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Obstet Gynecol Clin North Am. 2009 Dec;36(4):809-29, x. doi: 10.1016/j.ogc.2009.10.001.

Sleep, hormones, and memory.

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Department of Neuroendocrinology, University of Lübeck, Haus 23a, Lübeck, Germany.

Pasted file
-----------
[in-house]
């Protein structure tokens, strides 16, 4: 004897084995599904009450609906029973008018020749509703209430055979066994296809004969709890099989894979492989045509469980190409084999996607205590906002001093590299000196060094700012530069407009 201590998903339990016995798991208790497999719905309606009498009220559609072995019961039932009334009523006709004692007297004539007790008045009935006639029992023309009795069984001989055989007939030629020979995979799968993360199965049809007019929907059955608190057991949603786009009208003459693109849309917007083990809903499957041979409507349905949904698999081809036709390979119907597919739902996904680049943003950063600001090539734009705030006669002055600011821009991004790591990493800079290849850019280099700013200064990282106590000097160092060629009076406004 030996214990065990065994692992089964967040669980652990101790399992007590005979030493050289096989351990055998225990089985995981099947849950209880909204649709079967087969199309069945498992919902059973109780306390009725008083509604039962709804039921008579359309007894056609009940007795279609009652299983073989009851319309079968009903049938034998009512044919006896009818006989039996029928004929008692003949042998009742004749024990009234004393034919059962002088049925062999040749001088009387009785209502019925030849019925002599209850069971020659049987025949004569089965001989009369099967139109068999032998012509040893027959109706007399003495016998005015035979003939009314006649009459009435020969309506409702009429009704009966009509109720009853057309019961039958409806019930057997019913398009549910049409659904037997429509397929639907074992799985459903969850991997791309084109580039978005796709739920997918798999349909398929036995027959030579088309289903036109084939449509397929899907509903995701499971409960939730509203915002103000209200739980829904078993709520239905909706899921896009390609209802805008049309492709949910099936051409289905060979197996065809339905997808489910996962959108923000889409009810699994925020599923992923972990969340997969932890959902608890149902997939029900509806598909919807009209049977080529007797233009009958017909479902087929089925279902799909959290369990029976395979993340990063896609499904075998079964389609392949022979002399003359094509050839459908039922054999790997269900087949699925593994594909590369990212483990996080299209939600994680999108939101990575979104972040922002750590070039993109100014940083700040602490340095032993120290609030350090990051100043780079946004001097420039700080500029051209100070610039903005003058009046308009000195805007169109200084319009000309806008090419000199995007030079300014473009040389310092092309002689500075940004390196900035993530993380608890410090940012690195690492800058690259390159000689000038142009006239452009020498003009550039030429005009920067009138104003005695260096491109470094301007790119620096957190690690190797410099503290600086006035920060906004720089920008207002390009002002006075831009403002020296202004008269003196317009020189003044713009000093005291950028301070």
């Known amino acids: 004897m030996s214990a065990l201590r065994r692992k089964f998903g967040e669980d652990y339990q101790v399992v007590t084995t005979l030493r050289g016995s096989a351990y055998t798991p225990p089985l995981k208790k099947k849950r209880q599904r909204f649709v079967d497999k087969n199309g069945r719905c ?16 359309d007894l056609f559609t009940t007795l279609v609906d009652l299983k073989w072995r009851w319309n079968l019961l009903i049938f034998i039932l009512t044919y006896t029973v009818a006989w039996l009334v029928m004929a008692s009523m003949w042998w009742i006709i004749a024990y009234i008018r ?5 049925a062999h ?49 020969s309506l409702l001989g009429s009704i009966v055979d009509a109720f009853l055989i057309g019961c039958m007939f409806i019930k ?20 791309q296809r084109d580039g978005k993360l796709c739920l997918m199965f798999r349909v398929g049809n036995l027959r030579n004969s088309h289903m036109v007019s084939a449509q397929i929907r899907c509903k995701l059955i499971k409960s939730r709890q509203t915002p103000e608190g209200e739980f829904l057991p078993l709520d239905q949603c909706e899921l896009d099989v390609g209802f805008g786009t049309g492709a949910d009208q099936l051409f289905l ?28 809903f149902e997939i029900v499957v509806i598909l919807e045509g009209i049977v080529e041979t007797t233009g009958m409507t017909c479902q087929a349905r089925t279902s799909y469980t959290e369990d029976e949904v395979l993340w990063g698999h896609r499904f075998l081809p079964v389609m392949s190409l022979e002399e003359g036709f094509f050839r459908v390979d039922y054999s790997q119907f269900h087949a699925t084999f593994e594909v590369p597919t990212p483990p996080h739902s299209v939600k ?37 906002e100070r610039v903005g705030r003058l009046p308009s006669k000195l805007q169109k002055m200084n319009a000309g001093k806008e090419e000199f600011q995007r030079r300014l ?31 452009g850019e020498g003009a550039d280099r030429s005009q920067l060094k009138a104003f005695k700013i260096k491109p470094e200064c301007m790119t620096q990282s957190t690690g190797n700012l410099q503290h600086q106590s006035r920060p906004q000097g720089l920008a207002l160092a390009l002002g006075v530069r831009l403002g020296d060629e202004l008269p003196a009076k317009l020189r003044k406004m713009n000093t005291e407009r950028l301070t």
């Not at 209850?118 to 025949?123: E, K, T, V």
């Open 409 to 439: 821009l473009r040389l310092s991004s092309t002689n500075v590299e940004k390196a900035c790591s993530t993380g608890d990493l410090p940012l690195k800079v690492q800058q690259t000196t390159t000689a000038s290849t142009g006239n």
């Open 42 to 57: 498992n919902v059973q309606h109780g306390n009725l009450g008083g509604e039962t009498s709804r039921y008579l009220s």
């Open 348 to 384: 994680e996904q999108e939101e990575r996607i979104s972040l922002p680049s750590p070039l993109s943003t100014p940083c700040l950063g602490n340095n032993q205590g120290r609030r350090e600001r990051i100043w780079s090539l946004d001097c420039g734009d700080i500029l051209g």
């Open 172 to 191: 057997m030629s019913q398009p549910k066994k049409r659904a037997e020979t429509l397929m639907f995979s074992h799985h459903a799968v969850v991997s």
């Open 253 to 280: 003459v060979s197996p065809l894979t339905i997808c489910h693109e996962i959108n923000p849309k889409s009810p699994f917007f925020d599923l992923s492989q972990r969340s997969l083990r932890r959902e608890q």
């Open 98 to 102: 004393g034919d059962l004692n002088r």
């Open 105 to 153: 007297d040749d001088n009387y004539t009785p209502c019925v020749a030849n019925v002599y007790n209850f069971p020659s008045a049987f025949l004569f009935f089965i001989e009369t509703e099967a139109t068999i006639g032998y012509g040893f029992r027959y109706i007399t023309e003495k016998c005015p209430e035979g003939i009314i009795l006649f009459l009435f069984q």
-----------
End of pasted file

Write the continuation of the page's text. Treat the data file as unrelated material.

Nocturnal sleep is characterized by a unique pattern of endocrine activity, which comprises reciprocal influences on the hypothalamo-pituitary-adrenal (HPA) and the somatotropic system. During early sleep, when slow wave sleep (SWS) prevails, HPA secretory activity is suppressed whereas growth hormone (GH) release reaches a maximum; this pattern is reversed during late sleep when rapid eye movement (REM) sleep predominates. SWS benefits the consolidation of hippocampus-dependent declarative memories, whereas REM sleep improves amygdala-dependent emotional memories and procedural skill memories involving striato-cortical circuitry. Manipulation of plasma cortisol and GH concentration during sleep revealed a primary role of HPA activity for memory consolidation. Pituitary-adrenal inhibition during SWS sleep represents a prerequisite for efficient consolidation of declarative memory; increased cortisol during late REM sleep seems to protect from an overshooting consolidation of emotional memories.

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